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I have a domain object that holds a collection of another object through a @ManyToMany annotaion:

@ManyToMany(fetch=FetchType.LAZY,cascade = { CascadeType.MERGE, CascadeType.PERSIST})
    @JoinTable(name = "join_table", joinColumns=@JoinColumn(name="a_id", referencedColumnName = "a_id"), inverseJoinColumns=@JoinColumn(name = "b_id", referencedColumnName = "b_id"))
    private List<B> BsList;

In the join table i hold additional data columns.

I noticed that when i work with the object that holds the list and call setBsList() the data i had in the additional columns is deleted. Does Hibernate re-write the rows in the join table each time?

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2 Answers 2

up vote 1 down vote accepted

In the join table i hold additional data columns.

If you have additional data columns, it's not a join table. It's a table with two FKs which can also be PKs. And Hibernate is doing the right thing. So, you should instead create another entity representing this "fake join table", and map it accordingly.

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Yes I am aware that this is not a "legal" join table, but there is no mapping to the join table except the above. Does hibernate identifies these additional fields and hence the behavior or does hibernate always do these re-writes? –  Noam Nevo Feb 1 '11 at 15:06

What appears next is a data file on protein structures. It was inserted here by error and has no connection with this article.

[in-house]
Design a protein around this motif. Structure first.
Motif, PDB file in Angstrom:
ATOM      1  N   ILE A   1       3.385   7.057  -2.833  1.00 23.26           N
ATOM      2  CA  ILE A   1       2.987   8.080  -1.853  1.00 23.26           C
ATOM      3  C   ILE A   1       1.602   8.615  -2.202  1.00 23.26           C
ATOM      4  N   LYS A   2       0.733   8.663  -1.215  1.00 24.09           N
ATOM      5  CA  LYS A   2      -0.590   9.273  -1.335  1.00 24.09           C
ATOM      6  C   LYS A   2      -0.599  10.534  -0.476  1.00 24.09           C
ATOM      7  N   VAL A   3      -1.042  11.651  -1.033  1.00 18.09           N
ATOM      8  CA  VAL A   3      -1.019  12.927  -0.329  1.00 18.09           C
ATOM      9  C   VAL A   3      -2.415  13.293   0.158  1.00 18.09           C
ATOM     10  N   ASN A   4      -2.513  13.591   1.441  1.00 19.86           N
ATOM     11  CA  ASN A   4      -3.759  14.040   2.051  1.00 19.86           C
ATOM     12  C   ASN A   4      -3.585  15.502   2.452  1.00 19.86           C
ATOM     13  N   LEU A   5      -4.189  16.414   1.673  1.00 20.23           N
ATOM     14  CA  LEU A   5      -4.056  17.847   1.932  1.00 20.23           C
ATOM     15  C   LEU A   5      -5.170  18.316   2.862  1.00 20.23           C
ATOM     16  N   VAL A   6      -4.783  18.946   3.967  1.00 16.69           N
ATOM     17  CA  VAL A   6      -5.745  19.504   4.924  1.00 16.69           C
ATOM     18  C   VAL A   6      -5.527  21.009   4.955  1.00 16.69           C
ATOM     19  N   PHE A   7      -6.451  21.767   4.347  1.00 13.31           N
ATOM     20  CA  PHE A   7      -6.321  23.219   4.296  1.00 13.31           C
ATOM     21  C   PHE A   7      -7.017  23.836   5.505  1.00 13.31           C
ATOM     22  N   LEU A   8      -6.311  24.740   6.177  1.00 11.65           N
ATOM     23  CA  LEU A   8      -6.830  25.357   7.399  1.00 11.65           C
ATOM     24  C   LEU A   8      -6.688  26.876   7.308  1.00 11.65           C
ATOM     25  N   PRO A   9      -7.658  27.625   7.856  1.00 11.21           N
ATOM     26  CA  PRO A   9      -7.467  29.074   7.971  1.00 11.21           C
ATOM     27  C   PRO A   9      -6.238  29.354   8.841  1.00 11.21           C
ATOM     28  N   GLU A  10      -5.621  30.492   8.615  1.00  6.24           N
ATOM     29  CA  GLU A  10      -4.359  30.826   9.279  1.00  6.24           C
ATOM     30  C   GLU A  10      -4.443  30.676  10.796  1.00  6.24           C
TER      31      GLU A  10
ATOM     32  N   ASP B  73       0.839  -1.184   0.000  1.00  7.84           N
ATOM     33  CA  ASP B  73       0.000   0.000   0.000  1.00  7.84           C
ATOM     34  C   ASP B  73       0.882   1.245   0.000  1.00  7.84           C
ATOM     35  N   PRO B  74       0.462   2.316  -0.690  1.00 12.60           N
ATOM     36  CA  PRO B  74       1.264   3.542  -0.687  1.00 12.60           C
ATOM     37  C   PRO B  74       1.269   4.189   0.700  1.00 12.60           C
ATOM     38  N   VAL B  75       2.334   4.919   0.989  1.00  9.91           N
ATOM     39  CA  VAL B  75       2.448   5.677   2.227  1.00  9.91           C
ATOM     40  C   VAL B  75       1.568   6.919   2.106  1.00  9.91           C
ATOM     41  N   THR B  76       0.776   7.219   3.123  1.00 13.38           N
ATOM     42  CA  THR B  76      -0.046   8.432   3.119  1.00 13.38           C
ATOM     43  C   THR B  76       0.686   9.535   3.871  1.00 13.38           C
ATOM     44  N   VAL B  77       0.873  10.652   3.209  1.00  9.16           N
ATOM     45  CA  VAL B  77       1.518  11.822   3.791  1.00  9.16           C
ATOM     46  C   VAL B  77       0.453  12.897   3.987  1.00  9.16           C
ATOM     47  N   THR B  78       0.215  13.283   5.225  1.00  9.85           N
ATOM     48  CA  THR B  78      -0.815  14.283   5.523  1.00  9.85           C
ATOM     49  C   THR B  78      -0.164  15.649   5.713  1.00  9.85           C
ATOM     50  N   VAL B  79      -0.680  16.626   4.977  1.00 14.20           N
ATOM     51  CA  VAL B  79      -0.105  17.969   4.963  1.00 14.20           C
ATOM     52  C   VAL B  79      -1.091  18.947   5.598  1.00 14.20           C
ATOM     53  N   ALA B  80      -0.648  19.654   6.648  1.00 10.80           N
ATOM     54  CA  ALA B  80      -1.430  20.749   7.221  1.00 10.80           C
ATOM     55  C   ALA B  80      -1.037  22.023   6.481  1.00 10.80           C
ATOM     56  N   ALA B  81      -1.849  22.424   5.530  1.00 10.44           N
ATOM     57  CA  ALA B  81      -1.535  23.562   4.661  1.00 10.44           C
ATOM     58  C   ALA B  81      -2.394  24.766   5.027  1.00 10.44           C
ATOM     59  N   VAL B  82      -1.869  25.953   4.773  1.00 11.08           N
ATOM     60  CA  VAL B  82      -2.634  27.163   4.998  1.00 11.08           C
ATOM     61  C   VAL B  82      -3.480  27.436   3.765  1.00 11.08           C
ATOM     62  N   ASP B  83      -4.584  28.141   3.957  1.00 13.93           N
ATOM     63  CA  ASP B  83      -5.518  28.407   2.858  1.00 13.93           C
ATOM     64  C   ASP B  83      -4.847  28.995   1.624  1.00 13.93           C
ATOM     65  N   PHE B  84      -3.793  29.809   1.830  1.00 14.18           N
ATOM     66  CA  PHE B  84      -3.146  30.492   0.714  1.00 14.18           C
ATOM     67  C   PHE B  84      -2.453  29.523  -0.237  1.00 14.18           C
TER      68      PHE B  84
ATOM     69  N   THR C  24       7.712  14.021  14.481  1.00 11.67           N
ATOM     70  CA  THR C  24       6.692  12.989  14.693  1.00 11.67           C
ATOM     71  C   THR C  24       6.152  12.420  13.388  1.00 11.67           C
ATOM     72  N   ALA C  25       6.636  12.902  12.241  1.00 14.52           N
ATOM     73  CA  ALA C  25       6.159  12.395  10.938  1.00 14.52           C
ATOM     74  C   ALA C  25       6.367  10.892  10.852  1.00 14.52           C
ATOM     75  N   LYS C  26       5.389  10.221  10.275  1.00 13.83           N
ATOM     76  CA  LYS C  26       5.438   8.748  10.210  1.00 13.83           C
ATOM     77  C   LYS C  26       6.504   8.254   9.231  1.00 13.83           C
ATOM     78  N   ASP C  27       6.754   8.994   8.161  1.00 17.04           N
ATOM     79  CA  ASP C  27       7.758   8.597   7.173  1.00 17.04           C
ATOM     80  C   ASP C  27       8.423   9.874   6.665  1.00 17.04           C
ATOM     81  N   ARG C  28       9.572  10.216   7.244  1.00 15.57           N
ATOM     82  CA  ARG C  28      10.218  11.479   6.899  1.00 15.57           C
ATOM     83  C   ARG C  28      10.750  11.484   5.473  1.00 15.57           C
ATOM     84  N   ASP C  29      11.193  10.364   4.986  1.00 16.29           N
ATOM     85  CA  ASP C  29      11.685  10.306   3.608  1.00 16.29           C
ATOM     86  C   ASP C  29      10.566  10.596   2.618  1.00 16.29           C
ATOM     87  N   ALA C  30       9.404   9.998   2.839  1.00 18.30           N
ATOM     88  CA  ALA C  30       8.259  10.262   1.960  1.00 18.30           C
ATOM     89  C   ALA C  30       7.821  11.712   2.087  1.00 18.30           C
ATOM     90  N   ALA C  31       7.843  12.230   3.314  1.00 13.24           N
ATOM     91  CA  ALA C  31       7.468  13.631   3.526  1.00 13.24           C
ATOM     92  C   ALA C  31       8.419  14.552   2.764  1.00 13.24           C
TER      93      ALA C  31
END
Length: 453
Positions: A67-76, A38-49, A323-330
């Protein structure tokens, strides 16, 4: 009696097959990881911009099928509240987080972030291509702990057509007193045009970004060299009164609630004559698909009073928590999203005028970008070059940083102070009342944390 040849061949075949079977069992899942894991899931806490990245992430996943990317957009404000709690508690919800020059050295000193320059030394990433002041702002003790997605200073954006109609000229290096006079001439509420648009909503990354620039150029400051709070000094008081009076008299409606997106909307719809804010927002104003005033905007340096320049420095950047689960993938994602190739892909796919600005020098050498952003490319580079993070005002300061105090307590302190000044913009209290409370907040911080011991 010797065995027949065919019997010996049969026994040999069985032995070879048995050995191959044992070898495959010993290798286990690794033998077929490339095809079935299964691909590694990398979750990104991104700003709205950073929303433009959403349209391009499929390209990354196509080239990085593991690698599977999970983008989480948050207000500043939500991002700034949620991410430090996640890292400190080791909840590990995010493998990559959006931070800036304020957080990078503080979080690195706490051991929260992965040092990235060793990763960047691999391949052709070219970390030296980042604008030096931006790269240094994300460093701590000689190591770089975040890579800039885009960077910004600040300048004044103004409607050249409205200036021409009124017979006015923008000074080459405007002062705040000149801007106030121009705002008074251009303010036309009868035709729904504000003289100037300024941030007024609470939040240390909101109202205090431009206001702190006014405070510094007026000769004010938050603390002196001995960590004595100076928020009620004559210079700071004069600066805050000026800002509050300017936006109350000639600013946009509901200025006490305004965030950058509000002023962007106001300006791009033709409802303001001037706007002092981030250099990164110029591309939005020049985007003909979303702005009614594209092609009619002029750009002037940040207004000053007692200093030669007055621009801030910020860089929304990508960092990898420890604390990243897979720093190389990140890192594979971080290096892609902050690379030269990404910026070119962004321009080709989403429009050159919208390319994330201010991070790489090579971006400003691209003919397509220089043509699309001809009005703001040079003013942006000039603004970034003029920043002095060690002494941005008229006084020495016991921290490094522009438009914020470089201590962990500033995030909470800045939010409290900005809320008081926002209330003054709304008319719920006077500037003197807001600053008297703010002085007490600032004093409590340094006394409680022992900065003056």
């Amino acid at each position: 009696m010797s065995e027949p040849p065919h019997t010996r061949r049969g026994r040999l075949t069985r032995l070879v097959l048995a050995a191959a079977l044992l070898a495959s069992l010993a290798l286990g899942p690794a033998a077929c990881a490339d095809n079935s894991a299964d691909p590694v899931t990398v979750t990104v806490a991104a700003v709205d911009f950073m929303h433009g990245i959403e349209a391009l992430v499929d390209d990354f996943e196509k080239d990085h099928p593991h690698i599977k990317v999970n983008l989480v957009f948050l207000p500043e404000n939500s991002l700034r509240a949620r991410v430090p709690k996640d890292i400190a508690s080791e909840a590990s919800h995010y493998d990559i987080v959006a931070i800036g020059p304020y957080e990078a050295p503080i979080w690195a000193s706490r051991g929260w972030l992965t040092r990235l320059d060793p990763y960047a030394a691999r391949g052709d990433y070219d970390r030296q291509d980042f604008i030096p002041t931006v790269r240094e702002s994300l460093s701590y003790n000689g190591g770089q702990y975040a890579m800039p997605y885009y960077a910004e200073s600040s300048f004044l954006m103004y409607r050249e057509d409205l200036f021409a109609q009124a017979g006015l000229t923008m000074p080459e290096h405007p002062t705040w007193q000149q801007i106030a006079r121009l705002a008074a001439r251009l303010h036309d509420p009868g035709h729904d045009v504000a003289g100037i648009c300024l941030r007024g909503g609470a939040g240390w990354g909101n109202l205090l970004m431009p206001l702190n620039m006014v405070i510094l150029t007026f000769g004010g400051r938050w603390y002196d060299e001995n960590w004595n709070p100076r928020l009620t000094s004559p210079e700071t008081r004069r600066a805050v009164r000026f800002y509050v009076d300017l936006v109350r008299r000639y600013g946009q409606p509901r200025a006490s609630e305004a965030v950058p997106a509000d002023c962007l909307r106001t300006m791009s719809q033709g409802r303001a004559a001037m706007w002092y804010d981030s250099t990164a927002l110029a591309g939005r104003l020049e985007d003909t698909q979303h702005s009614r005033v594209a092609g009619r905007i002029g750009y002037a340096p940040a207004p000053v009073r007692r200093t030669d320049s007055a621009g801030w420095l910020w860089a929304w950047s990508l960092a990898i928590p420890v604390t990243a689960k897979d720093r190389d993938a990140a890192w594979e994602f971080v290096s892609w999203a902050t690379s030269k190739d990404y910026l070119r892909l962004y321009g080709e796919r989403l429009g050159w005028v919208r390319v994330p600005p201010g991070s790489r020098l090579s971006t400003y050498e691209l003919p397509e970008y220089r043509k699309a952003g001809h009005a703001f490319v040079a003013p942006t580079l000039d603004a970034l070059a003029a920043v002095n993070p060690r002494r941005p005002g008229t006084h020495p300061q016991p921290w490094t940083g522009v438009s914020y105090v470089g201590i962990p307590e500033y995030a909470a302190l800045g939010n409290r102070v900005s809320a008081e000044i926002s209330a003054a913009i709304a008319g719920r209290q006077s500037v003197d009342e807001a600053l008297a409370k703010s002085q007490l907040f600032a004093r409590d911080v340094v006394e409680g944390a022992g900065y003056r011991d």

No, if I remember correctly Hibernate deletes all the "links" and recreates them, instead of identifying the existing links and updating/creating/deleting the changes. So, while they may seem the same records, they are in fact new records. –  jpkrohling Feb 1 '11 at 15:39

You shouldn't call setBsList(), you should directly modify getBsList() otherwise Hibernate has no way of tracking what has changed.

When loading, the actual List you get is a Hibernate-specific implementation which deals with the lazy loading and tracks what is added and removed, so that it can be correctly updated. If you replace this with a different list implementation it will delete the old one and only add then only add the new entries. When using Hibernate with collections, it's a good idea to make the setter protected so you can't accidentally do this.

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